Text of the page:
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Two Metaphors

Posted by On Dec 27, 2015 In acting, action, joy

Regular readers may have noticed a gap in my posts of one week. So briefly, before we proceed, I owe an explanation.

My computer is quite old and it misbehaves. Its most recent malady is that it, upon waking from sleep, had decided that various keys on its keyboard should no longer work. I had this idea that I would type a kraftily konthtrukteg blog thit uboigeg the eppekteg keyz (though I see now just from this sentence that that would have been murder to read, so perhaps it’s for the best that it didn’t work out), but the affected keys included more than one key required for my password and thus the whole notion of blogging last week was scuppered.

Happily, as a lovely gift for Christmas, I received a USB keyboard and I’m therefore able to continue upon my journey, and if you’re still here reading this then I’m delighted to have you along.

And so:

It’s time for that year end stuff. This was a year of great turmoil for me; of many endings and new beginnings. Some endings were personal, such as the death of a beloved relative and the collapse of a long-standing relationship, and some were professional, such as the recording of the final episode of Littlest Pet Shop, which has served as my largest and most consistent income stream for the last three years. In either case I haven’t discussed them much – the personal for I believe there exists a line over which I ought not to cross with regard to my personal life, and the professional because most of what I do is governed by contracts that may or may not exist and if they did exist they might or might not prevent me from legally discussing things until they’re publicly known. It makes blogging reasonably difficult.

The great lesson I take form all of this is about moving forward.

The stresses and tragedies one experiences that really knock you to the curb are in actuality quite few and far between. Lounging in the pain and difficulty of those things, grief and loss and the stresses connected to them, is like staring too long at an old photograph. One will feel the pain and the stress and the loss regardless – and it’s important to honour that – but why sit inside those feelings and remind yourself unnecessarily of them all the time. It’s a trap we all fall into. It feels good to feel hard done by. But to do this is turning your back squarely to the future that is barrelling towards you, and it’s wasting the present in an effort to stop that photograph from fading, which, if you’ll excuse my pre-digital metaphor, the photograph shall inevitably do anyway.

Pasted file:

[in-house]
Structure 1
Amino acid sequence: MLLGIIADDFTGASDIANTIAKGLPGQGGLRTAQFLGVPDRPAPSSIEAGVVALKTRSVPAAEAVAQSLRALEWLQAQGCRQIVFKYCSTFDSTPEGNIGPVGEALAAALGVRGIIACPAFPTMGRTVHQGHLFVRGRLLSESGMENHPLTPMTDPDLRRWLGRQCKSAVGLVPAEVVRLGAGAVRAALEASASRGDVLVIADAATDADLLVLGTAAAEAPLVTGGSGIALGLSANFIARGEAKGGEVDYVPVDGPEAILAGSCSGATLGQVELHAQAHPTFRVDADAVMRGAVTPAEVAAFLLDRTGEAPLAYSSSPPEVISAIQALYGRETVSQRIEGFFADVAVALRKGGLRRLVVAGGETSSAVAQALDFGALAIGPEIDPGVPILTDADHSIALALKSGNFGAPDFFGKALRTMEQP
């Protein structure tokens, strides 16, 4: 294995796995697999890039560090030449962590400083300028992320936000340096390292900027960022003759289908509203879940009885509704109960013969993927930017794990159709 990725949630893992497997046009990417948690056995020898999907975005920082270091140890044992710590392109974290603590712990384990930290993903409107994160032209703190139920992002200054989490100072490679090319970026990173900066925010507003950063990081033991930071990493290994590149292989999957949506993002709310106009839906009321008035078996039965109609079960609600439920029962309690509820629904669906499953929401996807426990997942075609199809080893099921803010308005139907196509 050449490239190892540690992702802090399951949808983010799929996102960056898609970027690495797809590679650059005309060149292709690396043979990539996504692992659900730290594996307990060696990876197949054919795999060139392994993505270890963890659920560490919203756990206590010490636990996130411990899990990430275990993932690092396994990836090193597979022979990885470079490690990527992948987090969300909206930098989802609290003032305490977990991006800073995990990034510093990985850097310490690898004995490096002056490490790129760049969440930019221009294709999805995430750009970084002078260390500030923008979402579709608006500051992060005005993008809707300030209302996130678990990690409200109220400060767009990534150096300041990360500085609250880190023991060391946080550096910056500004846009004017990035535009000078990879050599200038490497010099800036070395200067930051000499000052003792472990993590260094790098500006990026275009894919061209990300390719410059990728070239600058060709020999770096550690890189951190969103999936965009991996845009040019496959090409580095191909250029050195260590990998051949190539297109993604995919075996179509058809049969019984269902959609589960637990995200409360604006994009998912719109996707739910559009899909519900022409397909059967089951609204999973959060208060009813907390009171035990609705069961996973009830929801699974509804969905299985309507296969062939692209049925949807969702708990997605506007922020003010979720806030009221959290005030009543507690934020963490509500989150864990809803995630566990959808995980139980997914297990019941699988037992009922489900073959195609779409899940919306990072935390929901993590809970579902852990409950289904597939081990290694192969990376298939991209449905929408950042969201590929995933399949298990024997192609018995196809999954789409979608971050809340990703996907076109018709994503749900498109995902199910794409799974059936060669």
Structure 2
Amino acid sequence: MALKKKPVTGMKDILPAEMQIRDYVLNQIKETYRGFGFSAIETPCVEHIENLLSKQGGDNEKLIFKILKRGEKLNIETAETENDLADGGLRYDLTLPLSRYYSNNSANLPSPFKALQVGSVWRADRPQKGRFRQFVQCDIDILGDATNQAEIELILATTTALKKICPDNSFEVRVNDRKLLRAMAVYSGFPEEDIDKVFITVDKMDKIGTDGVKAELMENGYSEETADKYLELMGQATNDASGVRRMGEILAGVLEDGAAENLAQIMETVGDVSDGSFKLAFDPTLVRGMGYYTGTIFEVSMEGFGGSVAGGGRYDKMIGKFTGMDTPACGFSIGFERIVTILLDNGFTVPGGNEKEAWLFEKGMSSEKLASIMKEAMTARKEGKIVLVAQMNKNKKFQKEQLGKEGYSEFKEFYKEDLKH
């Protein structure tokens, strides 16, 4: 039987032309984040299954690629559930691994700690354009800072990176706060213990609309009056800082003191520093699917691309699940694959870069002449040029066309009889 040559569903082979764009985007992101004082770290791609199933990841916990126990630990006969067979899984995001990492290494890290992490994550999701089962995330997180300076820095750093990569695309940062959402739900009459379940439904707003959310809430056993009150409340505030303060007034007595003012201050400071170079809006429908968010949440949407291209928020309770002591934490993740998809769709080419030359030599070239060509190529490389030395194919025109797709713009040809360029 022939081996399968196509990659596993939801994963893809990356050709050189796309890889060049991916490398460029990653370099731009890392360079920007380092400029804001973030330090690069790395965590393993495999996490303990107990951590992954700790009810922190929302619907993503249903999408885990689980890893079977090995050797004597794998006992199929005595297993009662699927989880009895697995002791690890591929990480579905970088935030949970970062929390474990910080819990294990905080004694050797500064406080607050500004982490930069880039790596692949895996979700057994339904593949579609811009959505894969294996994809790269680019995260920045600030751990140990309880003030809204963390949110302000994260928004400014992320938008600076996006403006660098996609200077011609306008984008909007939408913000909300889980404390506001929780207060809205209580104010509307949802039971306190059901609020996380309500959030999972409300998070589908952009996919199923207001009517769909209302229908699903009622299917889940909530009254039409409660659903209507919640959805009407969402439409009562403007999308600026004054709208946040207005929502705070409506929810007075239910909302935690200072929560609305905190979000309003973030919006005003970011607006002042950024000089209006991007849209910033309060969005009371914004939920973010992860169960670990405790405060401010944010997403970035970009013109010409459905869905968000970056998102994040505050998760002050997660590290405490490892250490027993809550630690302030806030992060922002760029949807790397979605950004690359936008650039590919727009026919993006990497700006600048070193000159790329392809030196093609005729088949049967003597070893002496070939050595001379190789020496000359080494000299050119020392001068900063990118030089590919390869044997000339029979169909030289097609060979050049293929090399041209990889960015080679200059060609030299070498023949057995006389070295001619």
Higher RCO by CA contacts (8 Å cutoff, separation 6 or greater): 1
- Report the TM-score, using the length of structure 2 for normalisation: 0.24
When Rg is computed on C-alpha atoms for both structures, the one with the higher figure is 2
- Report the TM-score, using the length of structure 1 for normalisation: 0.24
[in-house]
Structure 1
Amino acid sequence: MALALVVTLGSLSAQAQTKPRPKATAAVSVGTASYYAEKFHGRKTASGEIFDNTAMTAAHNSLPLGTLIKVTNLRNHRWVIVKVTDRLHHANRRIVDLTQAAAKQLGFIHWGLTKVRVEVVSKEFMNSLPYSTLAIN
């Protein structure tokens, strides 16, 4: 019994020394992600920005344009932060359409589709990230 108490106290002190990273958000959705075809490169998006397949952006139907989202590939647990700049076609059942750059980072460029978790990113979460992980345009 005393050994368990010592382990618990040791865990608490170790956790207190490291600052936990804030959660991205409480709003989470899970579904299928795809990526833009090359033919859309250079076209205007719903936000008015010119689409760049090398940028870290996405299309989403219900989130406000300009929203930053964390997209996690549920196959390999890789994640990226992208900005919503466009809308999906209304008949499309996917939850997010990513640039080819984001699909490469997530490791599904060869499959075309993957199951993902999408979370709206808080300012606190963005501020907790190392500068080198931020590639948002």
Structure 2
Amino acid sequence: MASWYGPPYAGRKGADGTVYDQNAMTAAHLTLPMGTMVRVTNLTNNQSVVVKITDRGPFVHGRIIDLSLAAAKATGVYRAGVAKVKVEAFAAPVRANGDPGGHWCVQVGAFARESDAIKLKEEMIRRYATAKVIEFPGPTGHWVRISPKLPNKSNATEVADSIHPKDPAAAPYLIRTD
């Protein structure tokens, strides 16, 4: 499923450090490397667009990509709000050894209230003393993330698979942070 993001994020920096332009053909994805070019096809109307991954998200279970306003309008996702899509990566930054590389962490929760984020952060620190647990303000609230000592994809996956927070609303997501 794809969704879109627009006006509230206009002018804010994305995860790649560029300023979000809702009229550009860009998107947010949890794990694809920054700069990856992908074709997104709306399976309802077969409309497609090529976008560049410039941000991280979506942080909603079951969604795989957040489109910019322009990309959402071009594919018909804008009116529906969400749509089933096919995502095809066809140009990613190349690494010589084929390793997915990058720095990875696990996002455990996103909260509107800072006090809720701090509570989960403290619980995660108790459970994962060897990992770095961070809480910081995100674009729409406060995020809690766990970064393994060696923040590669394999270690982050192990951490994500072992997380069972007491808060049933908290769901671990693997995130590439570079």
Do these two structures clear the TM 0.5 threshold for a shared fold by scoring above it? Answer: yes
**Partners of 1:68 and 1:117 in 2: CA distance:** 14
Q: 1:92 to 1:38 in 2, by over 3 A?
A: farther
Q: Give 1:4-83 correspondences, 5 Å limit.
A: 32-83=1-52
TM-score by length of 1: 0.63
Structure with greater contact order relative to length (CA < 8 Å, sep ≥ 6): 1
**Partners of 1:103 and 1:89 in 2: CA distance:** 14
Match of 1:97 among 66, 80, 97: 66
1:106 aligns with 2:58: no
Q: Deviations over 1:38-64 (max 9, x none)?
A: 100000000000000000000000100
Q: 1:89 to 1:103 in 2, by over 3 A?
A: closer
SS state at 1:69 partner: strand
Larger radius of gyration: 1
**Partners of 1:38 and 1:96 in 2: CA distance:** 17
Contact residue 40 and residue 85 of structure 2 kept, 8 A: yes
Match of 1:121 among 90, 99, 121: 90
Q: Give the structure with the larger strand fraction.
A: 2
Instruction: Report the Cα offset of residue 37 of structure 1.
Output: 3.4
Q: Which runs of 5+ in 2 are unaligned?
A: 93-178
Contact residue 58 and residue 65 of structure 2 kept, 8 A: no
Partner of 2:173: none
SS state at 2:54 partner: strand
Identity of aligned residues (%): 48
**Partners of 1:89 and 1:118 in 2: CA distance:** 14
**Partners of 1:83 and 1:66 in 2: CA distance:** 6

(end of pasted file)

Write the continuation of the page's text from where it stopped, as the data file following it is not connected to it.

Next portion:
The better option is to move forward. Place your back toward the loss and heartache and whatever difficulty. Allow it to inform and instruct you as is useful, but not more than that. And step towards the unknowable mess of whatever comes next openly, joyfully, bravely and eagerly.

2016 holds much promise for me (and for you too, I’d hazard, if you choose to seek a positive vision from within the mists of the unknowable, as opposed to a negative one). I have love anew, and I have several professional prospects at every stage of possibility awaiting me in January, from promising auditions that may or may not mean a thing, to possible casting that may or may not come to fruition, to jobs I already have but don’t know how frequently I’ll be used. For the moment I choose to feel like I have them all in the bag (Joy!), and move forward from the disappointments if and when they ever occur. After all: I could be right!

There will be travel and laughter and, I can only hope, a steady fading of all that has made 2015 an exhilarating though somewhat uncontrolled ride down the rapids. I look forward to a more peaceful journey in the months to come. I hope that by choosing joy in all the moments between tragedies, and facing forwards in their wake, we can all find harmonious paths through the rocky stream of time yet to pass.

Happy New Year!

-Peter

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